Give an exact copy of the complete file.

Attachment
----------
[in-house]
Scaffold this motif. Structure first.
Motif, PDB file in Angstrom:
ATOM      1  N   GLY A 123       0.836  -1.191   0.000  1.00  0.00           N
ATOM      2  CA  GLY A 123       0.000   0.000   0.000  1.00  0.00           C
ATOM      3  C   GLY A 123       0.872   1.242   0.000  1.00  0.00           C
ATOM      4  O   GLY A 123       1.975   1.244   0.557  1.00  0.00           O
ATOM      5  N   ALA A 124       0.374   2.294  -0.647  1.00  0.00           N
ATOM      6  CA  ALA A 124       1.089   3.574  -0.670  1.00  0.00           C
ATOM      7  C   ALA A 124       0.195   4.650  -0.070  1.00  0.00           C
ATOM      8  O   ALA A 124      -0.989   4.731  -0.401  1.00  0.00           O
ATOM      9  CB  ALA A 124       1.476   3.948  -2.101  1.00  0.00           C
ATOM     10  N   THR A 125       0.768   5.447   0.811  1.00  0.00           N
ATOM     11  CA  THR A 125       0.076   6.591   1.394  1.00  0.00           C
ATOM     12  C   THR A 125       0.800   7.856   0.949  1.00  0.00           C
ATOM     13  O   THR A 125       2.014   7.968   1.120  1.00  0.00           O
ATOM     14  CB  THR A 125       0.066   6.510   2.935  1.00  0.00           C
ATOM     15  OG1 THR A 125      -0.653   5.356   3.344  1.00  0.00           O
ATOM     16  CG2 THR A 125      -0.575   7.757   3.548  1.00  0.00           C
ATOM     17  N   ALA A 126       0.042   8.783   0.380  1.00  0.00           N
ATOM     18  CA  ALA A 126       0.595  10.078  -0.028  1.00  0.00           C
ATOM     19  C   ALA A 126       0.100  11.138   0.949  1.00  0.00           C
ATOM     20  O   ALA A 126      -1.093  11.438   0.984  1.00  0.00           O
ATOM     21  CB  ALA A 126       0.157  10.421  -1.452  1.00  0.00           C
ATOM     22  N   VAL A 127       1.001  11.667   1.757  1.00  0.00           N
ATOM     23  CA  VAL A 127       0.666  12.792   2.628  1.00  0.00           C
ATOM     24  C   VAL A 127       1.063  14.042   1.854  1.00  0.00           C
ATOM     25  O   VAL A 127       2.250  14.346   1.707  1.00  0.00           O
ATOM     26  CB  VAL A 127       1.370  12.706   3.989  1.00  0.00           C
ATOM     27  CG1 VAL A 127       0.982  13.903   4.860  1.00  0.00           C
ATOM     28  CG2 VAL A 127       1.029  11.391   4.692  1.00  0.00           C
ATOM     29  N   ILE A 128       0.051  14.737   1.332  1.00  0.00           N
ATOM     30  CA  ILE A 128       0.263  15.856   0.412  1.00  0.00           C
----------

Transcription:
[in-house]
Scaffold this motif. Structure first.
Motif, PDB file in Angstrom:
ATOM      1  N   GLY A 123       0.836  -1.191   0.000  1.00  0.00           N
ATOM      2  CA  GLY A 123       0.000   0.000   0.000  1.00  0.00           C
ATOM      3  C   GLY A 123       0.872   1.242   0.000  1.00  0.00           C
ATOM      4  O   GLY A 123       1.975   1.244   0.557  1.00  0.00           O
ATOM      5  N   ALA A 124       0.374   2.294  -0.647  1.00  0.00           N
ATOM      6  CA  ALA A 124       1.089   3.574  -0.670  1.00  0.00           C
ATOM      7  C   ALA A 124       0.195   4.650  -0.070  1.00  0.00           C
ATOM      8  O   ALA A 124      -0.989   4.731  -0.401  1.00  0.00           O
ATOM      9  CB  ALA A 124       1.476   3.948  -2.101  1.00  0.00           C
ATOM     10  N   THR A 125       0.768   5.447   0.811  1.00  0.00           N
ATOM     11  CA  THR A 125       0.076   6.591   1.394  1.00  0.00           C
ATOM     12  C   THR A 125       0.800   7.856   0.949  1.00  0.00           C
ATOM     13  O   THR A 125       2.014   7.968   1.120  1.00  0.00           O
ATOM     14  CB  THR A 125       0.066   6.510   2.935  1.00  0.00           C
ATOM     15  OG1 THR A 125      -0.653   5.356   3.344  1.00  0.00           O
ATOM     16  CG2 THR A 125      -0.575   7.757   3.548  1.00  0.00           C
ATOM     17  N   ALA A 126       0.042   8.783   0.380  1.00  0.00           N
ATOM     18  CA  ALA A 126       0.595  10.078  -0.028  1.00  0.00           C
ATOM     19  C   ALA A 126       0.100  11.138   0.949  1.00  0.00           C
ATOM     20  O   ALA A 126      -1.093  11.438   0.984  1.00  0.00           O
ATOM     21  CB  ALA A 126       0.157  10.421  -1.452  1.00  0.00           C
ATOM     22  N   VAL A 127       1.001  11.667   1.757  1.00  0.00           N
ATOM     23  CA  VAL A 127       0.666  12.792   2.628  1.00  0.00           C
ATOM     24  C   VAL A 127       1.063  14.042   1.854  1.00  0.00           C
ATOM     25  O   VAL A 127       2.250  14.346   1.707  1.00  0.00           O
ATOM     26  CB  VAL A 127       1.370  12.706   3.989  1.00  0.00           C
ATOM     27  CG1 VAL A 127       0.982  13.903   4.860  1.00  0.00           C
ATOM     28  CG2 VAL A 127       1.029  11.391   4.692  1.00  0.00           C
ATOM     29  N   ILE A 128       0.051  14.737   1.332  1.00  0.00           N
ATOM     30  CA  ILE A 128       0.263  15.856   0.412  1.00  0.00           C